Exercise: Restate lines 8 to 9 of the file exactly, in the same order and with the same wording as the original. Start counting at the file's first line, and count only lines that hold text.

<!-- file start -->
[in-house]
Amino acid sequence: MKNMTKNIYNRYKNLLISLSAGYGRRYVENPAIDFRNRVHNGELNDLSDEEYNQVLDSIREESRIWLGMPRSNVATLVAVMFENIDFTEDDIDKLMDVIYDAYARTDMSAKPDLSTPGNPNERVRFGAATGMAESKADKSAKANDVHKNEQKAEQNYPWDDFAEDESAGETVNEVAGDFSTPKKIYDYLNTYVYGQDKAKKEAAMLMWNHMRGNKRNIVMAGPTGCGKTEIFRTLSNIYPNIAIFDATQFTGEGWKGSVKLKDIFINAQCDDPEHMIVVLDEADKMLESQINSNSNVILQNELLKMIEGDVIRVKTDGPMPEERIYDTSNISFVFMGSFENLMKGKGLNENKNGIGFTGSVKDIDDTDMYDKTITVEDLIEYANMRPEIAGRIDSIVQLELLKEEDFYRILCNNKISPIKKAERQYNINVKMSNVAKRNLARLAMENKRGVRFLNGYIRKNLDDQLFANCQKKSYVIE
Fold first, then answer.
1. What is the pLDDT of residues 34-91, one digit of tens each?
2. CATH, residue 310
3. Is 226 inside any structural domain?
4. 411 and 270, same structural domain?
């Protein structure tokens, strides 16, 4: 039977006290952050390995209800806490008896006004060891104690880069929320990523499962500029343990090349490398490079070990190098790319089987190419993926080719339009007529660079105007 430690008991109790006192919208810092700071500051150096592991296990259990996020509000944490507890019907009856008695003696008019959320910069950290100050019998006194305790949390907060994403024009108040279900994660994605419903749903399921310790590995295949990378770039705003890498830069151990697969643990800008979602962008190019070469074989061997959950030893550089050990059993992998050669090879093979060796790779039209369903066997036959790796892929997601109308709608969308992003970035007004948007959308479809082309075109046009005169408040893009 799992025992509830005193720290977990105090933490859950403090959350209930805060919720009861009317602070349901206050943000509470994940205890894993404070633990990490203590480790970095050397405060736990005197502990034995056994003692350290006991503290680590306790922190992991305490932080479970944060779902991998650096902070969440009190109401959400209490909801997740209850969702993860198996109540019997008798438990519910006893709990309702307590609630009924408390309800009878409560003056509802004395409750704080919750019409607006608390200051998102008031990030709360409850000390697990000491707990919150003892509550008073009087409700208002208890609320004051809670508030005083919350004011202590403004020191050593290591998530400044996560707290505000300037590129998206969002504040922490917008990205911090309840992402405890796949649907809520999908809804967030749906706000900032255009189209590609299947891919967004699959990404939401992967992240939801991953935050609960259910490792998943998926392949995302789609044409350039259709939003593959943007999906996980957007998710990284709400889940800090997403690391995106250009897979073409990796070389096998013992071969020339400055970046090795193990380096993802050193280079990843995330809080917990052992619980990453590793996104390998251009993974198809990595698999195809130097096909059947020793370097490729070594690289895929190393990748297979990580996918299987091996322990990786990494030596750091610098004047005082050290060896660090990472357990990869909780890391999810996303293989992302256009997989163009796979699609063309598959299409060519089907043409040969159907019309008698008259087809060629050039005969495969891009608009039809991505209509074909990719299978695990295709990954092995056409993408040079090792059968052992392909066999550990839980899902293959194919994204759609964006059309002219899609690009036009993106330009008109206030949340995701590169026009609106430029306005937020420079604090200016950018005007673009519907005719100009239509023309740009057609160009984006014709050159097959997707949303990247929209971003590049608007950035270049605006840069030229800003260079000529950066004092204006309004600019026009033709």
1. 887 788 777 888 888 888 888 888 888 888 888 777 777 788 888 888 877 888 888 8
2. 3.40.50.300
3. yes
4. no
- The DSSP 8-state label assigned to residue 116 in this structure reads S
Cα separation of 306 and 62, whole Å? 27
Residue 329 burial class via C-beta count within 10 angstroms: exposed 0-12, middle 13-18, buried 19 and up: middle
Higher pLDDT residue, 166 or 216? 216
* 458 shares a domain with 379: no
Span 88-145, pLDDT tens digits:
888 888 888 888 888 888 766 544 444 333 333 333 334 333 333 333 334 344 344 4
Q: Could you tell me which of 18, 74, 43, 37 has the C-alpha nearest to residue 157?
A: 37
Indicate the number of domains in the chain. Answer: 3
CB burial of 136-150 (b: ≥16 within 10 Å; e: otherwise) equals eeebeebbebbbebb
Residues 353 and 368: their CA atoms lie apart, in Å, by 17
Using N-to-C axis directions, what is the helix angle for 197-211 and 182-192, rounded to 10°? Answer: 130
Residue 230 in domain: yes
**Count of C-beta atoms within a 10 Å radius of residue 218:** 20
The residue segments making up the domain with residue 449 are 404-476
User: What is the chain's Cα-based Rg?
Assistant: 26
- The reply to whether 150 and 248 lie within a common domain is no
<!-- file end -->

């Protein structure tokens, strides 16, 4: 039977006290952050390995209800806490008896006004060891104690880069929320990523499962500029343990090349490398490079070990190098790319089987190419993926080719339009007529660079105007 430690008991109790006192919208810092700071500051150096592991296990259990996020509000944490507890019907009856008695003696008019959320910069950290100050019998006194305790949390907060994403024009108040279900994660994605419903749903399921310790590995295949990378770039705003890498830069151990697969643990800008979602962008190019070469074989061997959950030893550089050990059993992998050669090879093979060796790779039209369903066997036959790796892929997601109308709608969308992003970035007004948007959308479809082309075109046009005169408040893009 799992025992509830005193720290977990105090933490859950403090959350209930805060919720009861009317602070349901206050943000509470994940205890894993404070633990990490203590480790970095050397405060736990005197502990034995056994003692350290006991503290680590306790922190992991305490932080479970944060779902991998650096902070969440009190109401959400209490909801997740209850969702993860198996109540019997008798438990519910006893709990309702307590609630009924408390309800009878409560003056509802004395409750704080919750019409607006608390200051998102008031990030709360409850000390697990000491707990919150003892509550008073009087409700208002208890609320004051809670508030005083919350004011202590403004020191050593290591998530400044996560707290505000300037590129998206969002504040922490917008990205911090309840992402405890796949649907809520999908809804967030749906706000900032255009189209590609299947891919967004699959990404939401992967992240939801991953935050609960259910490792998943998926392949995302789609044409350039259709939003593959943007999906996980957007998710990284709400889940800090997403690391995106250009897979073409990796070389096998013992071969020339400055970046090795193990380096993802050193280079990843995330809080917990052992619980990453590793996104390998251009993974198809990595698999195809130097096909059947020793370097490729070594690289895929190393990748297979990580996918299987091996322990990786990494030596750091610098004047005082050290060896660090990472357990990869909780890391999810996303293989992302256009997989163009796979699609063309598959299409060519089907043409040969159907019309008698008259087809060629050039005969495969891009608009039809991505209509074909990719299978695990295709990954092995056409993408040079090792059968052992392909066999550990839980899902293959194919994204759609964006059309002219899609690009036009993106330009008109206030949340995701590169026009609106430029306005937020420079604090200016950018005007673009519907005719100009239509023309740009057609160009984006014709050159097959997707949303990247929209971003590049608007950035270049605006840069030229800003260079000529950066004092204006309004600019026009033709």
1. 887 788 777 888 888 888 888 888 888 888 888 777 777 788 888 888 877 888 888 8